The Future of Syrian Education

Both Alachkar and Al-Rajab agreed that while the destroyed infrastructure of Syria – the roads, electricity, and sanitation—can be rebuilt, it is human capital that must be protected. Education is a fundamental human right, and as such, must be considered as basic a need as food and shelter and supported with adequate funding during crises. One idea that came out of this event was digitizing Syrian curriculums. This way, these materials can be widely accessible for Syrian students, if the proper technology is provided. Additionally, other host countries should follow Turkey’s example and allow Syrian university students to attend their universities. Furthermore, Syrian students studying abroad, who are now unable to return to Syria, should have their visa allowances extended.

More efforts also need to be exerted to bring education at all levels into the refugee camps. More options should be explored and further funding provided to give students the proper learning environment and proper materials to learn. Presently, it appears that the best options for future funding would come from the United Nations and its member states, through the United Nations High Commissioner for Refugees (UNCHR) and UNICEF, who are currently working on educational planning and implementation. Smaller NGOs on the ground, especially those who find themselves working in tandem with UNICEF and the UNHCR, should be supported by available donors, including the previous mentioned resources, in order to provide more immediate assistance whenever possible. The Syrian in Exile scholars were adamant in their desire for the international community to do more in their efforts to help Syrian refugees, and to remember the importance that education holds for the future of Syria. Otherwise, when these young refugees finally return home, they will not have been given the chance to develop in a way that benefits both themselves and their countries.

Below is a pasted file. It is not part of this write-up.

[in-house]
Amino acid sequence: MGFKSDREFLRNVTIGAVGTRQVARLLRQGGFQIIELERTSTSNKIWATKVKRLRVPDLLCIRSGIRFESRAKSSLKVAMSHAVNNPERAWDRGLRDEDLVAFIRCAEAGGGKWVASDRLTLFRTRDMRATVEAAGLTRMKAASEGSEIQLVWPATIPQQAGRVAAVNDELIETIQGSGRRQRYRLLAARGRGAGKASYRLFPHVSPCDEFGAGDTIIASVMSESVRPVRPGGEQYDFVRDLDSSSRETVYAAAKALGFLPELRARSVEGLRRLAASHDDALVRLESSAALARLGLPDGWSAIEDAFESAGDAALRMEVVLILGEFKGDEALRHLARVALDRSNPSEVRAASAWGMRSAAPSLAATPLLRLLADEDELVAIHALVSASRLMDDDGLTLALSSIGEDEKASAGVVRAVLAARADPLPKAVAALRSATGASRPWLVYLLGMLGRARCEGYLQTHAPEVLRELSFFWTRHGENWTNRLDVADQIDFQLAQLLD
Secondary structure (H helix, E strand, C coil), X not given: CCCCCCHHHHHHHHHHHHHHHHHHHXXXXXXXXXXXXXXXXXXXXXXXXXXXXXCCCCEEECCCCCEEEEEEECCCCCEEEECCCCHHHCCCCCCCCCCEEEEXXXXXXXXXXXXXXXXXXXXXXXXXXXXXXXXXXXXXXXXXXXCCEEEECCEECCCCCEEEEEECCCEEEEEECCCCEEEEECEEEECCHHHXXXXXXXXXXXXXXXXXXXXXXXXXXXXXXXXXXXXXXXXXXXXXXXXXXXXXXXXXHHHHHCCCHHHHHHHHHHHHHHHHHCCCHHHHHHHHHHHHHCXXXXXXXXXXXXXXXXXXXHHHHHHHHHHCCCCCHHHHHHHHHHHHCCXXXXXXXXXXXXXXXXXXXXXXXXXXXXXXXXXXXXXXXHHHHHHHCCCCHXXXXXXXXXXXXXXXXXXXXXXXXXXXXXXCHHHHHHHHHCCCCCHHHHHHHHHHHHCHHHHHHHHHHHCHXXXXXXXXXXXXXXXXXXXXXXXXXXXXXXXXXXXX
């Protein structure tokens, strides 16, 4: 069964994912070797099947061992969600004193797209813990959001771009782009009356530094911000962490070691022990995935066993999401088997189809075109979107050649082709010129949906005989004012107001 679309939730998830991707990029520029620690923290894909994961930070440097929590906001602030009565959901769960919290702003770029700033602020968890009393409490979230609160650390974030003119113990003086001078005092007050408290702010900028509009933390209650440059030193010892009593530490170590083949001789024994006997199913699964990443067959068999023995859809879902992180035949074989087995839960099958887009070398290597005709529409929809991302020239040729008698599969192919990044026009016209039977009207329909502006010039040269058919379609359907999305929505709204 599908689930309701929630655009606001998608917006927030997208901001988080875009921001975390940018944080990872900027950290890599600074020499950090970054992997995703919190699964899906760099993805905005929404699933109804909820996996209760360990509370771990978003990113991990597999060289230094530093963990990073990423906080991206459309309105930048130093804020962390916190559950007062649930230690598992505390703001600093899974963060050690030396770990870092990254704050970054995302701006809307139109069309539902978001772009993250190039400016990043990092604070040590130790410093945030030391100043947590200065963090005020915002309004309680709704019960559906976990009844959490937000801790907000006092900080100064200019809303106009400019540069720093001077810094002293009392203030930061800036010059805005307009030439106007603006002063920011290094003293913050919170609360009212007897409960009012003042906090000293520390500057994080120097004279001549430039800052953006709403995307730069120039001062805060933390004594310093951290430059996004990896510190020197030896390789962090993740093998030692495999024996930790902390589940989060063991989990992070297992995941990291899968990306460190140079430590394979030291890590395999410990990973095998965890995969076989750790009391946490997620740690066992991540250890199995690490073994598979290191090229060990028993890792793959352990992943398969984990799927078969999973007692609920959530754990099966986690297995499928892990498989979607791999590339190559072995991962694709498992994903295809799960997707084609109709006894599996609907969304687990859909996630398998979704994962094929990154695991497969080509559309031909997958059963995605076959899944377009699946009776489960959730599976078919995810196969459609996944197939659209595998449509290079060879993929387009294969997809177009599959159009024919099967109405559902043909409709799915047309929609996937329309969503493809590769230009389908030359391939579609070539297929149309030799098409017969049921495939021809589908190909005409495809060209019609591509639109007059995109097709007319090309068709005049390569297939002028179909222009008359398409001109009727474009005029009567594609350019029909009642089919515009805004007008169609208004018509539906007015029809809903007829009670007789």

Works Cited:

Central Intelligence Agency. Middle East: Syria. The World Factbook. https://www.cia.gov/library/publications/the-world-factbook/geos/sy.html

Human Rights Watch. “Safe no More”. Published June 6 2013. http://www.hrw.org/reports/2013/06/05/safe-no-more

UNICEF. “Shattered Lives: Challenges and Priorities for Syrian Children and Women in Jordan”. June 2013. http://www.unicef.org/infobycountry/files/Shattered_Lives_June10.pdf